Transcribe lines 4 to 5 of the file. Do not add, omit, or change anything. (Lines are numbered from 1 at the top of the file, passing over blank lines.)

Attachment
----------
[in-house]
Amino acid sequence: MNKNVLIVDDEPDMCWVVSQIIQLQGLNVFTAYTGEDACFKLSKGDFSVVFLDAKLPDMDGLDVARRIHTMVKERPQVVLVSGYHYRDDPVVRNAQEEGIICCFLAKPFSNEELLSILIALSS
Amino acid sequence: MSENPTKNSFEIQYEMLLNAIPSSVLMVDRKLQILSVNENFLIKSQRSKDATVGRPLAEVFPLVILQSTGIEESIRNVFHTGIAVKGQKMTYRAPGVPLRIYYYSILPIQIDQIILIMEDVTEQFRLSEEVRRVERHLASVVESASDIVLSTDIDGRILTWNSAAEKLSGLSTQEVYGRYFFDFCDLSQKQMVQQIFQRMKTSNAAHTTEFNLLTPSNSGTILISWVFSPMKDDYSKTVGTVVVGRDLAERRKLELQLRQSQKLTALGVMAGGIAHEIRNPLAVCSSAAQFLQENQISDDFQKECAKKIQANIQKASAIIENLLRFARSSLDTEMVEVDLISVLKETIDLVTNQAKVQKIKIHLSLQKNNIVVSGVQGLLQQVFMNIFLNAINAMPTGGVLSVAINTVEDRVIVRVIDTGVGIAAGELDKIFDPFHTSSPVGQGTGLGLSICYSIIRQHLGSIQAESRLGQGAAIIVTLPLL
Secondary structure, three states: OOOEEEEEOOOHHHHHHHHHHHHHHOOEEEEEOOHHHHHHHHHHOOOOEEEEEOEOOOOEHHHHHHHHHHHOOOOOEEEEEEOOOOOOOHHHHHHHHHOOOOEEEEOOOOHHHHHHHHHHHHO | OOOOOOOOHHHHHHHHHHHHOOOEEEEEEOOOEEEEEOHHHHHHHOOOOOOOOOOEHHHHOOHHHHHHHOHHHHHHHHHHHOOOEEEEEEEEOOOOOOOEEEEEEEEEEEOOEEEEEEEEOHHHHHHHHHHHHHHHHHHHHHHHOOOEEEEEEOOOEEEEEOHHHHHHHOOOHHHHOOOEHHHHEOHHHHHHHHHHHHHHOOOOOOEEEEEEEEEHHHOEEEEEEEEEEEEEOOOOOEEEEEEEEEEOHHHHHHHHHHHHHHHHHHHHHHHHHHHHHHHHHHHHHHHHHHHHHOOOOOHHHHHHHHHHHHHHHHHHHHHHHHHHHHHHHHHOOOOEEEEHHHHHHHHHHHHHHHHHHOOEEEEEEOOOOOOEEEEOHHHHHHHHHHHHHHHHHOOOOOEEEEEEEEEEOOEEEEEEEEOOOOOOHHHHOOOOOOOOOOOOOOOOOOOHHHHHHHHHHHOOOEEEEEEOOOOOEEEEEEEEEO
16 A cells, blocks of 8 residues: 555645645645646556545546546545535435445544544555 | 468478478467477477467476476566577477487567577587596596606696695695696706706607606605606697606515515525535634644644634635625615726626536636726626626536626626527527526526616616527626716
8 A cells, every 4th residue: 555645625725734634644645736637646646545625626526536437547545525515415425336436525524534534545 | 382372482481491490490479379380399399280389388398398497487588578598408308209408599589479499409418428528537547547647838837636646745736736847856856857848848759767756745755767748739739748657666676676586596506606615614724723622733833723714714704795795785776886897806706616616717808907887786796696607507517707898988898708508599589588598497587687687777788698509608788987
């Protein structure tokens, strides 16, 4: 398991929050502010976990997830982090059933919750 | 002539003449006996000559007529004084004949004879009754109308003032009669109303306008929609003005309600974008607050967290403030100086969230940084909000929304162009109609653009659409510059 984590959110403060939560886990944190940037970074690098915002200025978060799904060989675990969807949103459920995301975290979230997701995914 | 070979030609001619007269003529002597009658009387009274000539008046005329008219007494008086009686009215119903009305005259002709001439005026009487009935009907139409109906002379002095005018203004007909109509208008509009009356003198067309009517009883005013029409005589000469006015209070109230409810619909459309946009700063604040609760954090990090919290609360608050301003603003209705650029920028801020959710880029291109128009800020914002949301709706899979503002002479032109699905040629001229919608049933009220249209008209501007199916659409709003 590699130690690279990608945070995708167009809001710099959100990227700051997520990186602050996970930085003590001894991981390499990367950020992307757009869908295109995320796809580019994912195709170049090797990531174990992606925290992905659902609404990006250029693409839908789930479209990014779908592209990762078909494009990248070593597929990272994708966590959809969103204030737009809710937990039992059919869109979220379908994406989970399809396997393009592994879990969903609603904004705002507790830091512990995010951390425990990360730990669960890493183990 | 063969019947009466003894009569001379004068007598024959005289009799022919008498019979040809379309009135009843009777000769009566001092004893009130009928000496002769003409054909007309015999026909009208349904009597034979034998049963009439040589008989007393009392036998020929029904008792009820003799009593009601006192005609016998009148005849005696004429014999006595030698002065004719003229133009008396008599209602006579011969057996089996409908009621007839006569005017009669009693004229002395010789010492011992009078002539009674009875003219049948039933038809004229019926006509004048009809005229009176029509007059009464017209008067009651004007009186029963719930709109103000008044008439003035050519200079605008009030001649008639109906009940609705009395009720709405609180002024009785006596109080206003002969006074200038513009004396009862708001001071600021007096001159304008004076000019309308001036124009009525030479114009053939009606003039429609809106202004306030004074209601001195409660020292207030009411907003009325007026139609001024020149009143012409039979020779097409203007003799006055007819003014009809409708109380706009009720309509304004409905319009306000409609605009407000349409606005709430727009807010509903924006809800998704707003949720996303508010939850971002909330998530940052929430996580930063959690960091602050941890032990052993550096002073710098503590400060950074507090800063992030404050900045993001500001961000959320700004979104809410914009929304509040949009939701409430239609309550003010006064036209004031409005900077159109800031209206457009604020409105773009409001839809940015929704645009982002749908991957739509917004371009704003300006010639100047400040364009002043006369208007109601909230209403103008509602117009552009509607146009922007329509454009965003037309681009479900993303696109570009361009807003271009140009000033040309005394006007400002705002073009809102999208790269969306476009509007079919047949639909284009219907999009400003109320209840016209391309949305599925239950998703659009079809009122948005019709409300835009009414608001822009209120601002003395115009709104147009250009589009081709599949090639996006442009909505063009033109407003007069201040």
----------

Secondary structure, three states: OOOEEEEEOOOHHHHHHHHHHHHHHOOEEEEEOOHHHHHHHHHHOOOOEEEEEOEOOOOEHHHHHHHHHHHOOOOOEEEEEEOOOOOOOHHHHHHHHHOOOOEEEEOOOOHHHHHHHHHHHHO | OOOOOOOOHHHHHHHHHHHHOOOEEEEEEOOOEEEEEOHHHHHHHOOOOOOOOOOEHHHHOOHHHHHHHOHHHHHHHHHHHOOOEEEEEEEEOOOOOOOEEEEEEEEEEEOOEEEEEEEEOHHHHHHHHHHHHHHHHHHHHHHHOOOEEEEEEOOOEEEEEOHHHHHHHOOOHHHHOOOEHHHHEOHHHHHHHHHHHHHHOOOOOOEEEEEEEEEHHHOEEEEEEEEEEEEEOOOOOEEEEEEEEEEOHHHHHHHHHHHHHHHHHHHHHHHHHHHHHHHHHHHHHHHHHHHHHOOOOOHHHHHHHHHHHHHHHHHHHHHHHHHHHHHHHHHOOOOEEEEHHHHHHHHHHHHHHHHHHOOEEEEEEOOOOOOEEEEOHHHHHHHHHHHHHHHHHOOOOOEEEEEEEEEEOOEEEEEEEEOOOOOOHHHHOOOOOOOOOOOOOOOOOOOHHHHHHHHHHHOOOEEEEEEOOOOOEEEEEEEEEO
16 A cells, blocks of 8 residues: 555645645645646556545546546545535435445544544555 | 468478478467477477467476476566577477487567577587596596606696695695696706706607606605606697606515515525535634644644634635625615726626536636726626626536626626527527526526616616527626716